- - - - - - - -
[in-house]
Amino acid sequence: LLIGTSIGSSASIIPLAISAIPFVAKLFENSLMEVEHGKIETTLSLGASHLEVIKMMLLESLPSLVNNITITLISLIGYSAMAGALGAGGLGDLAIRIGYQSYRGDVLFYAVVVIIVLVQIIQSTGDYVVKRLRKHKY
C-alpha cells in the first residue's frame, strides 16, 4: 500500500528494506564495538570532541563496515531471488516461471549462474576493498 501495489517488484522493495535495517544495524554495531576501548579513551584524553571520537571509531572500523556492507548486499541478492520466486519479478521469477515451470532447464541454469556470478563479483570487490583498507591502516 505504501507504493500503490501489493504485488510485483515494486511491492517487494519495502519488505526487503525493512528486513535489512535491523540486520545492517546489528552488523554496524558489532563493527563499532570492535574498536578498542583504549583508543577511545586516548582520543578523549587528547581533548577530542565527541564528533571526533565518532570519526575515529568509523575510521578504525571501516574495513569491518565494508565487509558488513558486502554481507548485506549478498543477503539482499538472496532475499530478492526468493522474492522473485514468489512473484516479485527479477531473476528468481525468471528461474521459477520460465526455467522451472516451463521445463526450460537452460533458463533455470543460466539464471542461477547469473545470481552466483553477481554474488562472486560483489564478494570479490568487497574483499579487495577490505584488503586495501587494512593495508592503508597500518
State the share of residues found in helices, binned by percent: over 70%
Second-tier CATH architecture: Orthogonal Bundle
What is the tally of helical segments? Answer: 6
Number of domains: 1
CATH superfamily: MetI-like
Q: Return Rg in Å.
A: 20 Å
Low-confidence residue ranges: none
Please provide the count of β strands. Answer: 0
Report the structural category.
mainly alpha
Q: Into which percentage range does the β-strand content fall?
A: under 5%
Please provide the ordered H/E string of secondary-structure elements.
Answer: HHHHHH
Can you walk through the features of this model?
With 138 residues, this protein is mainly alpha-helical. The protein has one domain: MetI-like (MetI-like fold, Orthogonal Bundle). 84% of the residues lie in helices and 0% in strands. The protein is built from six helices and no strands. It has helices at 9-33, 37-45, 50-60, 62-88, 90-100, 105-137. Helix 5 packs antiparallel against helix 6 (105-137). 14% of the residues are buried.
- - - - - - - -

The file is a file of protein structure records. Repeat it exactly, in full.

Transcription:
[in-house]
Amino acid sequence: LLIGTSIGSSASIIPLAISAIPFVAKLFENSLMEVEHGKIETTLSLGASHLEVIKMMLLESLPSLVNNITITLISLIGYSAMAGALGAGGLGDLAIRIGYQSYRGDVLFYAVVVIIVLVQIIQSTGDYVVKRLRKHKY
C-alpha cells in the first residue's frame, strides 16, 4: 500500500528494506564495538570532541563496515531471488516461471549462474576493498 501495489517488484522493495535495517544495524554495531576501548579513551584524553571520537571509531572500523556492507548486499541478492520466486519479478521469477515451470532447464541454469556470478563479483570487490583498507591502516 505504501507504493500503490501489493504485488510485483515494486511491492517487494519495502519488505526487503525493512528486513535489512535491523540486520545492517546489528552488523554496524558489532563493527563499532570492535574498536578498542583504549583508543577511545586516548582520543578523549587528547581533548577530542565527541564528533571526533565518532570519526575515529568509523575510521578504525571501516574495513569491518565494508565487509558488513558486502554481507548485506549478498543477503539482499538472496532475499530478492526468493522474492522473485514468489512473484516479485527479477531473476528468481525468471528461474521459477520460465526455467522451472516451463521445463526450460537452460533458463533455470543460466539464471542461477547469473545470481552466483553477481554474488562472486560483489564478494570479490568487497574483499579487495577490505584488503586495501587494512593495508592503508597500518
State the share of residues found in helices, binned by percent: over 70%
Second-tier CATH architecture: Orthogonal Bundle
What is the tally of helical segments? Answer: 6
Number of domains: 1
CATH superfamily: MetI-like
Q: Return Rg in Å.
A: 20 Å
Low-confidence residue ranges: none
Please provide the count of β strands. Answer: 0
Report the structural category.
mainly alpha
Q: Into which percentage range does the β-strand content fall?
A: under 5%
Please provide the ordered H/E string of secondary-structure elements.
Answer: HHHHHH
Can you walk through the features of this model?
With 138 residues, this protein is mainly alpha-helical. The protein has one domain: MetI-like (MetI-like fold, Orthogonal Bundle). 84% of the residues lie in helices and 0% in strands. The protein is built from six helices and no strands. It has helices at 9-33, 37-45, 50-60, 62-88, 90-100, 105-137. Helix 5 packs antiparallel against helix 6 (105-137). 14% of the residues are buried.